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Reviewed by Pikasho Deka for Readers' Favorite
Sunken Sunlight is a surreal psychological drama written by Victor Grant. Daniel Gibson Cougar reminisces how he used to work at a gas station in the mid-90s when he came into contact with an award-winning author named Joseph Jackson. After forming a cordial relationship, Joseph's inexplicable death leaves Victor with a chain of events he could never fathom out. Meanwhile, he discovers his wife is cheating on him, leaving him to raise their infant daughter independently. After a Hollywood screenwriter initiates him into the film industry, Daniel soon makes a name for himself and becomes a successful writer. But a blast from the past in the form of Jackson's daughter, Victoria, pushes him into a lifestyle that Daniel struggles to shrug off. Can he disassociate himself from Mr. Bundy and resume his life?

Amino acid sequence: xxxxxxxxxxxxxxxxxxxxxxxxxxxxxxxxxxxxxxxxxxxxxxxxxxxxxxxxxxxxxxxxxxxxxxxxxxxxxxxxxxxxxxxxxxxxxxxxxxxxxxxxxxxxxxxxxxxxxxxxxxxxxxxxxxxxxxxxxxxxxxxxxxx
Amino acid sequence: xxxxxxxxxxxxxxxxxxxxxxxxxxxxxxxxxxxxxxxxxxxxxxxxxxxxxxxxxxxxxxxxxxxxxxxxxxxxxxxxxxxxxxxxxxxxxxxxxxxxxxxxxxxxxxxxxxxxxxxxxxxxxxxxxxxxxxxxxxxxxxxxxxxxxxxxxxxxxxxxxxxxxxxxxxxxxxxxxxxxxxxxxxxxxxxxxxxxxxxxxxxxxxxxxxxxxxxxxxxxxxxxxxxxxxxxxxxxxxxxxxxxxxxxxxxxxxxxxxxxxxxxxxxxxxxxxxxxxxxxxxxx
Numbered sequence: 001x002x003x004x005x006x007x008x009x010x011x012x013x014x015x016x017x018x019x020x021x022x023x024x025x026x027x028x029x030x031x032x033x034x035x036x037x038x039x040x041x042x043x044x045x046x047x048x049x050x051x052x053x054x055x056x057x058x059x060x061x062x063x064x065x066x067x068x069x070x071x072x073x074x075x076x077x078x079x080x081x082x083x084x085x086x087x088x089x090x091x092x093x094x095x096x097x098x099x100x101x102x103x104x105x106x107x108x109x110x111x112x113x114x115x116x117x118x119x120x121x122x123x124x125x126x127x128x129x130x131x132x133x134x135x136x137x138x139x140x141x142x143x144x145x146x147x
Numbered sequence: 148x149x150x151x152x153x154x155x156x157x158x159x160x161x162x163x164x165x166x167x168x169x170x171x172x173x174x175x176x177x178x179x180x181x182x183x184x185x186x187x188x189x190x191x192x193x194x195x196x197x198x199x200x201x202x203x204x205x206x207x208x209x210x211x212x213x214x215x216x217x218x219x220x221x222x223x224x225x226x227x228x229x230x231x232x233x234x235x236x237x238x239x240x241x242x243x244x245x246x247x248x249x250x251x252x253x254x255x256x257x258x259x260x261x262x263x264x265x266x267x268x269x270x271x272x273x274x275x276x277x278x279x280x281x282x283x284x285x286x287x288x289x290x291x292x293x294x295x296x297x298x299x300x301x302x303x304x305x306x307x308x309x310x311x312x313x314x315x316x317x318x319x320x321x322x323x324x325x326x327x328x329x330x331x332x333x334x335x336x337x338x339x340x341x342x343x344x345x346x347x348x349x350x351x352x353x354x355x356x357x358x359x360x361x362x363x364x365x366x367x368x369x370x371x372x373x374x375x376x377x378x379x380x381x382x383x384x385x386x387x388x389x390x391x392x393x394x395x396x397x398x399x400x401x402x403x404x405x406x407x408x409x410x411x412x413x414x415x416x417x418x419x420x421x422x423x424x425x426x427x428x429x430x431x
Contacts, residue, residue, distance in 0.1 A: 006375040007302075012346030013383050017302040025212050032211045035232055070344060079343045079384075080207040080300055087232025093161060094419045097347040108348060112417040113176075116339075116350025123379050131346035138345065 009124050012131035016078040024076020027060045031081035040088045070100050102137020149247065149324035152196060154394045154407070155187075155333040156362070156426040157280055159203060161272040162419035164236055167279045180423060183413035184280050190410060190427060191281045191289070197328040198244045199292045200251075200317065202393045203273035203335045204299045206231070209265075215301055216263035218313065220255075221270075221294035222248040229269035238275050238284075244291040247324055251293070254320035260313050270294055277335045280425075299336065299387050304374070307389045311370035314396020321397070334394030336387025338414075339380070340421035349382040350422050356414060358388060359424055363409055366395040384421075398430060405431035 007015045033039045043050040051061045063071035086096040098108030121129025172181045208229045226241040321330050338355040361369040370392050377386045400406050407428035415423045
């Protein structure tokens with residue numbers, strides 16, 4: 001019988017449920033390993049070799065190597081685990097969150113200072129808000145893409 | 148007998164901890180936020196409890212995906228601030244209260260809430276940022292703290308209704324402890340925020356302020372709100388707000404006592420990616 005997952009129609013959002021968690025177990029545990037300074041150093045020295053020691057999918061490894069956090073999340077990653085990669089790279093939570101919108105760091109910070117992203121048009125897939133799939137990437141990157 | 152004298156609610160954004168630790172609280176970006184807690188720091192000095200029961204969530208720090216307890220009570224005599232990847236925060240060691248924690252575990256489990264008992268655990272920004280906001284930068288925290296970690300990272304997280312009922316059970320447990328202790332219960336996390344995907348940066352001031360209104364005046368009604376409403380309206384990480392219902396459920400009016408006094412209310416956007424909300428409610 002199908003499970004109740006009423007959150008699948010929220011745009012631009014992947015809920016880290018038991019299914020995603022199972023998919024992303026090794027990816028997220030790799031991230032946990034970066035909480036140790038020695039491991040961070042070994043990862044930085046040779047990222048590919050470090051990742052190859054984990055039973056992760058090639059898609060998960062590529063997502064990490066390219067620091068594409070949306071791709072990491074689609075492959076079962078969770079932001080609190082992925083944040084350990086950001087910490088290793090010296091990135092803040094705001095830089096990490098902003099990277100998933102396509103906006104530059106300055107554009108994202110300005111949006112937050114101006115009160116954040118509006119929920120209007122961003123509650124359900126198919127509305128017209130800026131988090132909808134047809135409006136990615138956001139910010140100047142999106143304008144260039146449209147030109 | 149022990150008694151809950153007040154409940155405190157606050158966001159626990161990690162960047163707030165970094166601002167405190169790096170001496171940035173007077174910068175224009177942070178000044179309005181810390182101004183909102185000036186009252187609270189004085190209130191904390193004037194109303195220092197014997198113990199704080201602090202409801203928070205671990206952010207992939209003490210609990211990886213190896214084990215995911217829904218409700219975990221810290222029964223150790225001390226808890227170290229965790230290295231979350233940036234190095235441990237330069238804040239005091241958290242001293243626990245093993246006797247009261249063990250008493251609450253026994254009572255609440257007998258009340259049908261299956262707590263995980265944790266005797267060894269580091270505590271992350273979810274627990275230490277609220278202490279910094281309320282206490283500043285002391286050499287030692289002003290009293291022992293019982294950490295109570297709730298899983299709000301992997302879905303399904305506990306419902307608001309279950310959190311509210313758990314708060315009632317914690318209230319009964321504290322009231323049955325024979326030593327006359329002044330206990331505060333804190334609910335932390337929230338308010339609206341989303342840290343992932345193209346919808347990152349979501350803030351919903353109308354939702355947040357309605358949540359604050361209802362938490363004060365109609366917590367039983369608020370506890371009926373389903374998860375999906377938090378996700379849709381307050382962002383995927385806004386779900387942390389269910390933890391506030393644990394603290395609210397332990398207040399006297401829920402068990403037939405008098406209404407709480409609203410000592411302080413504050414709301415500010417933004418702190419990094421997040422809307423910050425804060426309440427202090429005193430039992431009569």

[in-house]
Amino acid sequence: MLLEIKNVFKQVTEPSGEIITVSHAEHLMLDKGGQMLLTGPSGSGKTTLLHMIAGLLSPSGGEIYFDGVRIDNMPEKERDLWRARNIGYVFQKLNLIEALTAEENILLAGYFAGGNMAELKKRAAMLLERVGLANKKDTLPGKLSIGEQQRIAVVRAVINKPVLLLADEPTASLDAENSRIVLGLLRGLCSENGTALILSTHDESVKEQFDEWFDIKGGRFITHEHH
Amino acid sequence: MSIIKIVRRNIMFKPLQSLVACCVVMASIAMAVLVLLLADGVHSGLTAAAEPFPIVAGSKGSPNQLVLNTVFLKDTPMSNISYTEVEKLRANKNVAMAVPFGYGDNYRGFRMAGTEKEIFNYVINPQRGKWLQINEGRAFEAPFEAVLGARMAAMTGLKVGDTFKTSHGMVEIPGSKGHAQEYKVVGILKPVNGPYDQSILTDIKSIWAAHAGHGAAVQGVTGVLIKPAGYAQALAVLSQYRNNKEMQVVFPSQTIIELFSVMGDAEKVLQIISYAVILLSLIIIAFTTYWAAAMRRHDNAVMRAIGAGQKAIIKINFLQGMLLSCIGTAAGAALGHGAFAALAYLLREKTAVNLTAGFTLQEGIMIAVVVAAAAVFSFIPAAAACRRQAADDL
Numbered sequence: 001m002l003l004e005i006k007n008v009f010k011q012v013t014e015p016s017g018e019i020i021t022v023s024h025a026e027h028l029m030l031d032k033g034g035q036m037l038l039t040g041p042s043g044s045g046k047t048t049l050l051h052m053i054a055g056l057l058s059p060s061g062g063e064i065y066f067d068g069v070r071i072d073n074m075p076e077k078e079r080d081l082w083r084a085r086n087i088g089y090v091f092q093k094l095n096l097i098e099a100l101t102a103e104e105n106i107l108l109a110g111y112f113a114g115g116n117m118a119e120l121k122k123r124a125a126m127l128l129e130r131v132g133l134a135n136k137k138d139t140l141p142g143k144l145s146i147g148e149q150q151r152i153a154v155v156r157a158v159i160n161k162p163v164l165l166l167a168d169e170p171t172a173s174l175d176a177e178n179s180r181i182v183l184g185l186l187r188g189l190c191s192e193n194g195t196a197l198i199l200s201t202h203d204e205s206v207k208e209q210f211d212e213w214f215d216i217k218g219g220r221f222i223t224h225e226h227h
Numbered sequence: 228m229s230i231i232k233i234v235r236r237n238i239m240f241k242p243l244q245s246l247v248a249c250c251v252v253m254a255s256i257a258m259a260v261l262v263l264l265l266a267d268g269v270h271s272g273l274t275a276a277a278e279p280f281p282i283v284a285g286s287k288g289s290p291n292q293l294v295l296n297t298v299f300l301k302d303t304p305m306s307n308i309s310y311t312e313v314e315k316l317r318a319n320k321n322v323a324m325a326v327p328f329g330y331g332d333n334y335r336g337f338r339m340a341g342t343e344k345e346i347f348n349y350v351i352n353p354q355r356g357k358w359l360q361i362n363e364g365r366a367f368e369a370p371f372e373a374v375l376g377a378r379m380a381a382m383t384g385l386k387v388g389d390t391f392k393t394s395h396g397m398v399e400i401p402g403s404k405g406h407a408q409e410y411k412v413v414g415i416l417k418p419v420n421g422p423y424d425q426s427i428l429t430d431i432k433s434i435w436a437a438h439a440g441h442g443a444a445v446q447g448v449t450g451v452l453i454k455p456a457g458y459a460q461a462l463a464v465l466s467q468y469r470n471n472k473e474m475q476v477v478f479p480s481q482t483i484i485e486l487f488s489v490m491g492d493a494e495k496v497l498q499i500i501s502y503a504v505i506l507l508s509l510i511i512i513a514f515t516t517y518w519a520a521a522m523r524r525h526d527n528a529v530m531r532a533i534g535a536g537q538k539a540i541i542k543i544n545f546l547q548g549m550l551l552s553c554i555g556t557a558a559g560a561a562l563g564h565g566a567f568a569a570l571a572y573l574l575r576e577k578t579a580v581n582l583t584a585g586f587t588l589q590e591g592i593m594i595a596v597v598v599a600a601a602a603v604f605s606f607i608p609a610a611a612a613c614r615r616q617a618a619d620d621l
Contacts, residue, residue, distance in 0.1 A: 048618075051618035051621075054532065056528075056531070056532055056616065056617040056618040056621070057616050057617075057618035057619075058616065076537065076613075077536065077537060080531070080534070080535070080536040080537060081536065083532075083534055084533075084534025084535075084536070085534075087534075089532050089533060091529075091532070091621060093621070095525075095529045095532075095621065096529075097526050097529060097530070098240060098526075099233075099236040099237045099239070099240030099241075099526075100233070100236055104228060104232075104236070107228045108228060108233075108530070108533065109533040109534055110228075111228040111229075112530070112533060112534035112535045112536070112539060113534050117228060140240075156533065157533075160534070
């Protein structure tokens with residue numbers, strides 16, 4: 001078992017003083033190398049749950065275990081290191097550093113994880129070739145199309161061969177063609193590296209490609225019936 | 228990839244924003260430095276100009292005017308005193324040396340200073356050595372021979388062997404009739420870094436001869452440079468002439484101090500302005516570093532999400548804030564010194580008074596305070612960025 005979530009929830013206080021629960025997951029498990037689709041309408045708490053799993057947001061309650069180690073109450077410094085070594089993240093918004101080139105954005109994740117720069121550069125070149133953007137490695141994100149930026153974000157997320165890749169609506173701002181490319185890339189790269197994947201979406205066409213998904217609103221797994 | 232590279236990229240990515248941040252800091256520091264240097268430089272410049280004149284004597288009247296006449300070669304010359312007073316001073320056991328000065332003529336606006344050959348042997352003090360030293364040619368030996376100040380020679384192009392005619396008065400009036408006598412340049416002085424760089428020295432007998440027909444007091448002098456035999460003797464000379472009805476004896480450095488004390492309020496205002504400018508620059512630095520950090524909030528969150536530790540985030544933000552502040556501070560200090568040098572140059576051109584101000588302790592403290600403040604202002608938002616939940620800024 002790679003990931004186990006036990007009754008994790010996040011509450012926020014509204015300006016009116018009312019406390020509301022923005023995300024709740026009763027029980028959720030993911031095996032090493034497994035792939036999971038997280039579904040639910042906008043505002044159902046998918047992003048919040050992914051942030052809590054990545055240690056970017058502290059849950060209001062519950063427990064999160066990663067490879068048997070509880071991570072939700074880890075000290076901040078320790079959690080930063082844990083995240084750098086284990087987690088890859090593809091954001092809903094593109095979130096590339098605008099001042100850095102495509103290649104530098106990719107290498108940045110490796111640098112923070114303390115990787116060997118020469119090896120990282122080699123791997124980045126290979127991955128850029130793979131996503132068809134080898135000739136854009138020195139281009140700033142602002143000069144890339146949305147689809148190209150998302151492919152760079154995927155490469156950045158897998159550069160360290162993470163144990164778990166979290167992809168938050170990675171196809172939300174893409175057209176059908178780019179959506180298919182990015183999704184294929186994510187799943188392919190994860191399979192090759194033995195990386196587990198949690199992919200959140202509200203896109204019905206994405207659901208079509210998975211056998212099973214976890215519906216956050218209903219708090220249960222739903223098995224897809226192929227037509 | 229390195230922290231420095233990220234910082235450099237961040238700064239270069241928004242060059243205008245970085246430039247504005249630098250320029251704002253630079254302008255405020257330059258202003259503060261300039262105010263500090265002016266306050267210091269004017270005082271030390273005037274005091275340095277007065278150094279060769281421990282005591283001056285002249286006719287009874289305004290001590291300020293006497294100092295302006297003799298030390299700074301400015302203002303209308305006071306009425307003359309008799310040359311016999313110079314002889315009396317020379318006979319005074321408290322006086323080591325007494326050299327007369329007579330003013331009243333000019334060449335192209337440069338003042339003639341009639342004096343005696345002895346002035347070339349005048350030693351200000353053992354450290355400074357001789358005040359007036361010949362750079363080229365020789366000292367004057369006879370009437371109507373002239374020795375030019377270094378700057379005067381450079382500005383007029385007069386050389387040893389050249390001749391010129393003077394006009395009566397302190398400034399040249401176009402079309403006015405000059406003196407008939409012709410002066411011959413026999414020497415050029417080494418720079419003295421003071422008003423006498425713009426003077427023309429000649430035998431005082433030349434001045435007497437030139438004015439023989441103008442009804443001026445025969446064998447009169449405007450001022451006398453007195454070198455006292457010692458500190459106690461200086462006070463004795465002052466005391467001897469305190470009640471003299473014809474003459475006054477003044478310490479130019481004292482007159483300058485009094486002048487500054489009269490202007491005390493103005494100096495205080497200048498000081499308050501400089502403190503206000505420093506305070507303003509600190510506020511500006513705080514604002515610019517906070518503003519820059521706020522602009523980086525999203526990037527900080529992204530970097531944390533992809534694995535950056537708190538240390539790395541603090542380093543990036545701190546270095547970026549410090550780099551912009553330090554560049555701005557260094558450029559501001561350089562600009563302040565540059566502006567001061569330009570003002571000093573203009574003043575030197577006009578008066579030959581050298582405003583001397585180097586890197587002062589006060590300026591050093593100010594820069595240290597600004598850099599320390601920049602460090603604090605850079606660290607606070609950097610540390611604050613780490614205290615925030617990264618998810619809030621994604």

At times, author Victor Grant's surreal and dreamlike descriptions remind you of a David Lynch movie. Due to the writing style, the narrative is deliberately slow as most of the page time is spent inside Daniel's headspace. This makes Daniel an entertaining and unreliable narrator. The non-linear narrative structure and the use of dreamlike sequences heighten the surreal nature of the story. The characters are primarily used as tools to move the plot forward and explore the themes the author is interested in. Daniel's dynamic with Victoria remains ambiguous, and it adds a lot of intrigue to their relationship. Despite the presence of some serious topics like drug abuse, the story ends on a surprisingly optimistic note. If you're craving something unique, check out Sunken Sunlight.